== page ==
Denial comes after investigative website published leaked intelligence report showing French arms being used in Yemen.
More than 70,000 people have been killed in Yemen’s civil war since January 2016, according to a database tracking violence in the country.
The figure, released by the Armed Conflict and Location Event Data Project (ACLED) on Thursday, included 10,000 people who were killed in the past five months alone.
“Lethal fighting continues across the country and has intensified in key governorates like Taiz and Hajjah,” the group said in a statement. But overall fatalities have trended downward this year because of a United Nations-backed peace process, it added.
The number of deaths dropped “most significantly” in Hodeidah, where Yemen’s internationally recognised government and Houthi rebels declared a ceasefire following negotiations in the Swedish capital, Stockholm, last December.
The warring parties also agreed to withdraw troops from the port city, the main entry point for 70 percent of imports and humanitarian aid to Yemen. But the UN Security Council, in a statement on Wednesday, expressed “grave concern” that the agreements have not been carried out.
The troop withdrawal was due to have been completed by January 7, but stalled over a disagreement on who would control the Red Sea port city.
The Stockholm deal was a trust-building step aimed at averting a full-scale assault on Hodeidah by the Saudi-led coalition trying to restore the internationally recognised government of Abd-Rabbu Mansour Hadi, and paving the way for political talks to set up a transitional government.
The Security Council called for the implementation “without delay” of the agreement, while also expressing concern over escalated fighting in Taiz and Hajjah governorates.
Andrea Carboni, a researcher at ACLED, told Al Jazeera fighting had intensified in Hajjah, Taiz, and Ad Dali governorates “mostly because the Houthis have engaged in the repression of local tribal actors, but also due to a re-escalation of frozen military offensives in many areas”.
The war in Yemen has been at a stalemate for years, with the Saudi-led coalition and Yemeni forces unable to dislodge the Iranian-aligned Houthi rebels from the capital, Sanaa, and other urban centres.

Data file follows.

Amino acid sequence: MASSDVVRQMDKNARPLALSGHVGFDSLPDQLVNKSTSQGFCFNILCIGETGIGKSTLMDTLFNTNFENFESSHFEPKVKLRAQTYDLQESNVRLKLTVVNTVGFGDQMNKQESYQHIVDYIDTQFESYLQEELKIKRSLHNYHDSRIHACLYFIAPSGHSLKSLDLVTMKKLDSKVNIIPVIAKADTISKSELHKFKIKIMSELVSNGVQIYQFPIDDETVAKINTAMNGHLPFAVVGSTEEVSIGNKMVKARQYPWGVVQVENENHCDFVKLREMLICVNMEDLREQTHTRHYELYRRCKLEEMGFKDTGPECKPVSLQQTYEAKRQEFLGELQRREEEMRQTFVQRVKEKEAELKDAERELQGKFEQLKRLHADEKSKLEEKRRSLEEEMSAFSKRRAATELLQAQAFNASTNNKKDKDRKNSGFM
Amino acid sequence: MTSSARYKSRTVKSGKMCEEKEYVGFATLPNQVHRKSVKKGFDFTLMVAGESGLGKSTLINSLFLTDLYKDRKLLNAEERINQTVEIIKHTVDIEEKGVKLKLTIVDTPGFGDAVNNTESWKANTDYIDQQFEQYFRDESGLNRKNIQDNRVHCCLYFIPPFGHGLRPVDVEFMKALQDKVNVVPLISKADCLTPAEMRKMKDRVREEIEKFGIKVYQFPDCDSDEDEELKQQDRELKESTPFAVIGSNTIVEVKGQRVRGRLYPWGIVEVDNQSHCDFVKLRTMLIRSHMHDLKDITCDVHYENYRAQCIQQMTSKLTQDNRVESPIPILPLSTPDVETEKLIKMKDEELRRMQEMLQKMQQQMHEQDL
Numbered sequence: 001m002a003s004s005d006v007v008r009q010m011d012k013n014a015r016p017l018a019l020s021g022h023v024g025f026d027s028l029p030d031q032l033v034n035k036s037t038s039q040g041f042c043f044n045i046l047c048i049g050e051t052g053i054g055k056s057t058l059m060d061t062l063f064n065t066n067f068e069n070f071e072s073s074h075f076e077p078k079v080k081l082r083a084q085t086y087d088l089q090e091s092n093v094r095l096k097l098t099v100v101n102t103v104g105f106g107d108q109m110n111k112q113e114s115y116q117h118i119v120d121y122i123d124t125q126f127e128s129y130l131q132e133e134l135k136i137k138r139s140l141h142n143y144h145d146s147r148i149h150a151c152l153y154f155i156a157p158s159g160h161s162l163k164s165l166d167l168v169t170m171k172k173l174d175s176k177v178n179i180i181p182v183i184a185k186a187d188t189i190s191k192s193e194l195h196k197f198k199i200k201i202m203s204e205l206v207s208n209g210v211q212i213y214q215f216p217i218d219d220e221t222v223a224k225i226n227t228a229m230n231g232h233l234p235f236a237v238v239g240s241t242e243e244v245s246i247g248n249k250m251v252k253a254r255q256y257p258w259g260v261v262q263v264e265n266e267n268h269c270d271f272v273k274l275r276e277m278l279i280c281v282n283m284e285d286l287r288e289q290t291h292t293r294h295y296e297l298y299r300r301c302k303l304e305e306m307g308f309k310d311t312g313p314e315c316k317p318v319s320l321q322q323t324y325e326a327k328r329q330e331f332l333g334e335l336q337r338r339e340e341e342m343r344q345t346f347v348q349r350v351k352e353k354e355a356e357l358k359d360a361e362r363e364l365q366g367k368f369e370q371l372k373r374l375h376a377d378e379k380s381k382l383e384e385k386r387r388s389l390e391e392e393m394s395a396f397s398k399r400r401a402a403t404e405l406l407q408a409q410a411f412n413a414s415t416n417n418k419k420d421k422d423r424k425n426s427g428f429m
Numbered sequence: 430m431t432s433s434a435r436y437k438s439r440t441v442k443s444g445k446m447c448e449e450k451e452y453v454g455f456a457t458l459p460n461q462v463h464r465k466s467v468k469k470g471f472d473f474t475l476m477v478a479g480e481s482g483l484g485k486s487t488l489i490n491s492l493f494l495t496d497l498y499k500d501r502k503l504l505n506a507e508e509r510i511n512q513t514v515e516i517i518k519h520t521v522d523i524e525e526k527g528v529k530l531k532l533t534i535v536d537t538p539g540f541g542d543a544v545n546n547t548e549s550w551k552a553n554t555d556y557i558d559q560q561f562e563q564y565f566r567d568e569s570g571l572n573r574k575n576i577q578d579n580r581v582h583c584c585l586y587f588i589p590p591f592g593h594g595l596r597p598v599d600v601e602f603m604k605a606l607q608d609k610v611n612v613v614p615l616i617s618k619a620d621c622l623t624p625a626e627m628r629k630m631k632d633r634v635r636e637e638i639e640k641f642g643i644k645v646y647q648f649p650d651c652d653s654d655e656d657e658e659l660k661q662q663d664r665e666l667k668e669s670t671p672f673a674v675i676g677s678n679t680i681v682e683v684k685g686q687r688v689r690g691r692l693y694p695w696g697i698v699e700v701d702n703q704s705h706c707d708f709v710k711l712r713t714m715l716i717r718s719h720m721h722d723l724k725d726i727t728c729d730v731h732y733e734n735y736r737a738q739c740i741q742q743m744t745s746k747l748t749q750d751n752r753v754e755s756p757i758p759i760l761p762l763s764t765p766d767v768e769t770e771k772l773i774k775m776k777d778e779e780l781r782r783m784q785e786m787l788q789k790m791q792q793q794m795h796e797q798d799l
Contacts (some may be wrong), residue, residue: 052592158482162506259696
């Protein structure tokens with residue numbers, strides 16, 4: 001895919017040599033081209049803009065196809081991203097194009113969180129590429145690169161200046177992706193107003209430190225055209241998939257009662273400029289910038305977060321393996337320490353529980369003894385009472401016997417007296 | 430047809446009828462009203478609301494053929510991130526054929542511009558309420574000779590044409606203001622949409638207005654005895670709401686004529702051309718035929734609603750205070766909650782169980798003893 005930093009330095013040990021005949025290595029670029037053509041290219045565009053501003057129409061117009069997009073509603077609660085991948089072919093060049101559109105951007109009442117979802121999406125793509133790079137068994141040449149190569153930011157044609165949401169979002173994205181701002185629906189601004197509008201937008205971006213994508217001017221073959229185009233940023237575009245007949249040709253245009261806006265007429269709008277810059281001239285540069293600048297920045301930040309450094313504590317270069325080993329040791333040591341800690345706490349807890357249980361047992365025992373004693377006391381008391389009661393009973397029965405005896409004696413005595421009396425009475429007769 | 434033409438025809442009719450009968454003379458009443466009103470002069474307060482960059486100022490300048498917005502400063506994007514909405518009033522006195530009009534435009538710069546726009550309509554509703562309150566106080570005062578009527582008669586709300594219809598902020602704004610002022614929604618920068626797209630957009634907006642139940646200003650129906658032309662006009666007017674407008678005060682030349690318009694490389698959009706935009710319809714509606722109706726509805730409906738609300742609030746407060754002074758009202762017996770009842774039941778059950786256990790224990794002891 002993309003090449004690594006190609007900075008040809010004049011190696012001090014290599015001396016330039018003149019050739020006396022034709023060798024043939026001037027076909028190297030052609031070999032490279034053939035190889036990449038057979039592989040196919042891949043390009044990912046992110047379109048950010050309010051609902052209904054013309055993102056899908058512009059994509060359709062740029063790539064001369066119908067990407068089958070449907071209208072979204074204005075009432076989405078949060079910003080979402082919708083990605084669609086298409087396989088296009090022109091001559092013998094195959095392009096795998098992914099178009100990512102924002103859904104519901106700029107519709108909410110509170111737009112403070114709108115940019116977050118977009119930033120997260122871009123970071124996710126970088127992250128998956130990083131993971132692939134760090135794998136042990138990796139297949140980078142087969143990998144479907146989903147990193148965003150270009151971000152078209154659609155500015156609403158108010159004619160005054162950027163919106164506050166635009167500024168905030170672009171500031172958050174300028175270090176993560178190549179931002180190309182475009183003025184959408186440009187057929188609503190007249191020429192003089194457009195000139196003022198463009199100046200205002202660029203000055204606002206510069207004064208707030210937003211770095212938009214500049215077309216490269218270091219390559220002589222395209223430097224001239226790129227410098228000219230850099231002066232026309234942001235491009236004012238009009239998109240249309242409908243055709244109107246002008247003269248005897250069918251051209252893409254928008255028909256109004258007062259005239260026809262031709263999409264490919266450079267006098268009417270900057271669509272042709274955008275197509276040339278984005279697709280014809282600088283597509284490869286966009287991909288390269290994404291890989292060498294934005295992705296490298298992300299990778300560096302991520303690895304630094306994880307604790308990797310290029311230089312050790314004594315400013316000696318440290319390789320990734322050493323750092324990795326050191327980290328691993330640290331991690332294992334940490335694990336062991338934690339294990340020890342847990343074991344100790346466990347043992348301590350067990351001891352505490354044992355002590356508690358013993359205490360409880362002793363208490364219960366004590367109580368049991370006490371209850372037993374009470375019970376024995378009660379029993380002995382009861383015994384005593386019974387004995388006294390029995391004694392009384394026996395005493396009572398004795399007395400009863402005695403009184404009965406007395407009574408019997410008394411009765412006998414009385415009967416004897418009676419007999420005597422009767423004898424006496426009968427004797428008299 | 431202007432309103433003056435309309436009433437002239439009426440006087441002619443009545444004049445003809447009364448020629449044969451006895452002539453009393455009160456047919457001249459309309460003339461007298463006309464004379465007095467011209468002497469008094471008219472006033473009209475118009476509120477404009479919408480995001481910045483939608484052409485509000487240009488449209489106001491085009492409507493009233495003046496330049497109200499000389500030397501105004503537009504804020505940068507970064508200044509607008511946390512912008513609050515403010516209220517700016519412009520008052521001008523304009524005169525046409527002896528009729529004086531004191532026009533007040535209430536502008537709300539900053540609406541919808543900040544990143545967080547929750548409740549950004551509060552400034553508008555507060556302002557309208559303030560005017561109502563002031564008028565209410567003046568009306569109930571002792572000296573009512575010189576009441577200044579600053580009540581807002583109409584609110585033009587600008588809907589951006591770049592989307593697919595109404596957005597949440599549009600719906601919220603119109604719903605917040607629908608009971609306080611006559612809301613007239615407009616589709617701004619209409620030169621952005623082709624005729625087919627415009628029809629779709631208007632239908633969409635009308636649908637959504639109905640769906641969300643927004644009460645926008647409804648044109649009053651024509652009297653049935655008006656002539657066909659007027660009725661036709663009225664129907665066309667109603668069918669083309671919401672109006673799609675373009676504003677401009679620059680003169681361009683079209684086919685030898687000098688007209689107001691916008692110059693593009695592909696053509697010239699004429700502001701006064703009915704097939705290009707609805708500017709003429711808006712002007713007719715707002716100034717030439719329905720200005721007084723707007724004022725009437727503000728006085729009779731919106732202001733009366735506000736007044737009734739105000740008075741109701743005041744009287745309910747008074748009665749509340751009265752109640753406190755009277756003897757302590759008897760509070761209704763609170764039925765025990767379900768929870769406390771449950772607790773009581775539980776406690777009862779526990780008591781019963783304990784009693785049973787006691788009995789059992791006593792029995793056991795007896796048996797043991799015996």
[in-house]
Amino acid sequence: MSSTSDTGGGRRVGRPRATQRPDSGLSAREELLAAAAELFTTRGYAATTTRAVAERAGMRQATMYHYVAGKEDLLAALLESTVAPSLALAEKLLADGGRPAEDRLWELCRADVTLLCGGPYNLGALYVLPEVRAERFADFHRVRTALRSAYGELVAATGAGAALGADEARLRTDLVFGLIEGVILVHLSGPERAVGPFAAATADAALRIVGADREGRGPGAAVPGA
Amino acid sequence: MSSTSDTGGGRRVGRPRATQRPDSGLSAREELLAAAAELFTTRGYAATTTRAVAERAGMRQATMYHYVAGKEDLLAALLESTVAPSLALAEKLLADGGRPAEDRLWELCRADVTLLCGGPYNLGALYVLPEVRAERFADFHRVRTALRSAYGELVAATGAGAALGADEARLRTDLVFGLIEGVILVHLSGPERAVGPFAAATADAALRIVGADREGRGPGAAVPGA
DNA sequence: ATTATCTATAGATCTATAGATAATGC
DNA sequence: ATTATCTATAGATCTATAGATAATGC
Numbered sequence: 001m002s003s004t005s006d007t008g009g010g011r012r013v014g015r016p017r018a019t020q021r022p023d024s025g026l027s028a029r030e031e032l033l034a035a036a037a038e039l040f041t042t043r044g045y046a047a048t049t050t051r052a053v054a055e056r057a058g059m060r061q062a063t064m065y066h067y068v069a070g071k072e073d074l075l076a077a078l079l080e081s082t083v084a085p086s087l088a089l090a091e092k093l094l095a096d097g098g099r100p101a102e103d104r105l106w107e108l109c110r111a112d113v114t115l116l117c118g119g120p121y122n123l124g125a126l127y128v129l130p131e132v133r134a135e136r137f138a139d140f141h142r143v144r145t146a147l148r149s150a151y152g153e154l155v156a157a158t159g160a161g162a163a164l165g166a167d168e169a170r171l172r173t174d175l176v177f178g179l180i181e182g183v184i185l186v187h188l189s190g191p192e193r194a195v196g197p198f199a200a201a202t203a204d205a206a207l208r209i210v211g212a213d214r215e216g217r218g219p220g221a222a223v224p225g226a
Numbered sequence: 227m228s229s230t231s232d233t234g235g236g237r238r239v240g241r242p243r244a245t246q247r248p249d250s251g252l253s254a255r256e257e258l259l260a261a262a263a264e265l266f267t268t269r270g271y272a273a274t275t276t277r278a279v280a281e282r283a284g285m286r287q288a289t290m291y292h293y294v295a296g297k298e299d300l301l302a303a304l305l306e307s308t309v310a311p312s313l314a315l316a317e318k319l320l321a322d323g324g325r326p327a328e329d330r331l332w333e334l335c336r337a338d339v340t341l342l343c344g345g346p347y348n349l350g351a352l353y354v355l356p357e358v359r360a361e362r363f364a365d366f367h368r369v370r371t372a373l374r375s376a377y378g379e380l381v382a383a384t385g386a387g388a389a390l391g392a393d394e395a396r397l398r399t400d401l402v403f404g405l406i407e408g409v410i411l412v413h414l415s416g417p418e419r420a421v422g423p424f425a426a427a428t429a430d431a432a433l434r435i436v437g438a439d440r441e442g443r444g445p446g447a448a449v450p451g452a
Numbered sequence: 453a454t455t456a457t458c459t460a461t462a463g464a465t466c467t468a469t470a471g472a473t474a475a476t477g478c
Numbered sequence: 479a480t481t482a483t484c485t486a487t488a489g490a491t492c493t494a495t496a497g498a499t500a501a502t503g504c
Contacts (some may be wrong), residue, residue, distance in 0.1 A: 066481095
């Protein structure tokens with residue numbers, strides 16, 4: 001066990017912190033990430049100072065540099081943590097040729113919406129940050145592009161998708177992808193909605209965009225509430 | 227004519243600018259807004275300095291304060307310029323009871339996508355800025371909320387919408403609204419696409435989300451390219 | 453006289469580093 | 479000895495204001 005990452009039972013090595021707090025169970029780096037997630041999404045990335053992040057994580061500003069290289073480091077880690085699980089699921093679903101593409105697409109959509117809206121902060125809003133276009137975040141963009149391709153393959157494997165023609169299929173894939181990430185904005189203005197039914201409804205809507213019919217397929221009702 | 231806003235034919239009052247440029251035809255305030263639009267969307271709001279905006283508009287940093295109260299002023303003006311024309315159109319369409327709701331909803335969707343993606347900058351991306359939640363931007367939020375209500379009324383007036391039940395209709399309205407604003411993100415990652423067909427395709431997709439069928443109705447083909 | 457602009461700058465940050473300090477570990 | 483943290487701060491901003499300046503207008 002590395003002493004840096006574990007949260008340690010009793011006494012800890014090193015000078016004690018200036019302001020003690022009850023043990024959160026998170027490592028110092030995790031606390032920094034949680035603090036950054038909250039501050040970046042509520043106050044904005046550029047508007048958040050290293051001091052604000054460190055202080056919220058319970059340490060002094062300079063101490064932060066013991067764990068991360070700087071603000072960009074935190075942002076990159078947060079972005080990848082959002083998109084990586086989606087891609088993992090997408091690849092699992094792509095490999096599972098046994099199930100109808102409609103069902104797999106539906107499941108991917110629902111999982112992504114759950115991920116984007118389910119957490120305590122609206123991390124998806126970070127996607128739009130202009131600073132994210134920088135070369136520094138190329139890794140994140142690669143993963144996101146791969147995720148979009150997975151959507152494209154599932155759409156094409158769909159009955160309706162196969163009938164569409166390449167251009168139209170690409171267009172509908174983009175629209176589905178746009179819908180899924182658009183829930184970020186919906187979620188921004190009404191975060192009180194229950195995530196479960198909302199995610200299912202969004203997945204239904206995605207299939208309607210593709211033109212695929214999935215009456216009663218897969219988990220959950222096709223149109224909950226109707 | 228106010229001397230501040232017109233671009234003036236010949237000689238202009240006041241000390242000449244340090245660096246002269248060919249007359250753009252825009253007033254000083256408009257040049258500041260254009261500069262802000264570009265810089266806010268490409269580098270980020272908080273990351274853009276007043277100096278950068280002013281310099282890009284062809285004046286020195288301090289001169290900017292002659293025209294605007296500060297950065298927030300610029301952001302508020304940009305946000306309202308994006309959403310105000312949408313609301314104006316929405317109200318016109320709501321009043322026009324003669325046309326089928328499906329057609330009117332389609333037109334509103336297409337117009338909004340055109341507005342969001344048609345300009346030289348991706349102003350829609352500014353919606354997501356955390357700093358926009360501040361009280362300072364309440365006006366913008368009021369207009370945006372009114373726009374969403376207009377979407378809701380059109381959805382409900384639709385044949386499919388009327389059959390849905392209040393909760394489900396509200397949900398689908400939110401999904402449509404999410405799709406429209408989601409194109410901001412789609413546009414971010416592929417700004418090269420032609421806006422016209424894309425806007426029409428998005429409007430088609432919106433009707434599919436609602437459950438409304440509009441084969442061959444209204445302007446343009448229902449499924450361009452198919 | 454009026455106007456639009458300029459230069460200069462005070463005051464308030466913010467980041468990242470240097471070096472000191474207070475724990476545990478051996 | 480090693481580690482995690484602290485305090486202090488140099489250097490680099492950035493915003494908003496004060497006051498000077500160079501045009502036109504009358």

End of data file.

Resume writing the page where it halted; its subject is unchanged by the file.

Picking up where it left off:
ACLED said it has recorded 3,155 direct attacks that targeted civilians, resulting in more than 7,000 reported civilian deaths.
The Saudi-led coalition was responsible for the highest number of civilian deaths – more than 4,800 since 2016, the group said. The Houthis, meanwhile, had killed 1,300 civilians in direct attacks, it added.
The fighting and ensuing economic collapse have also unleashed the world’s most urgent humanitarian crisis, with 14 million of the impoverished country’s 29 million population on the brink of starvation.
The UN said last month that 100 civilians were either killed or wounded every week in Yemen in 2018 , with children accounting for a fifth of all casualties.
According to the figures released by the UN’s refugee agency, more than 4,800 civilian deaths and injuries were reported over the course of 2018. Children accounted for 410 deaths and 542 injuries.
Relying on open source data for its findings, the agency noted that nearly half of all the casualties – 48 percent – were reported in Hodeidah.
The UN figures also showed that a staggering 30 percent of the civilians were either killed and wounded inside their homes, with non-combatants also targeted when travelling on roads, working on farms and at other civilian sites.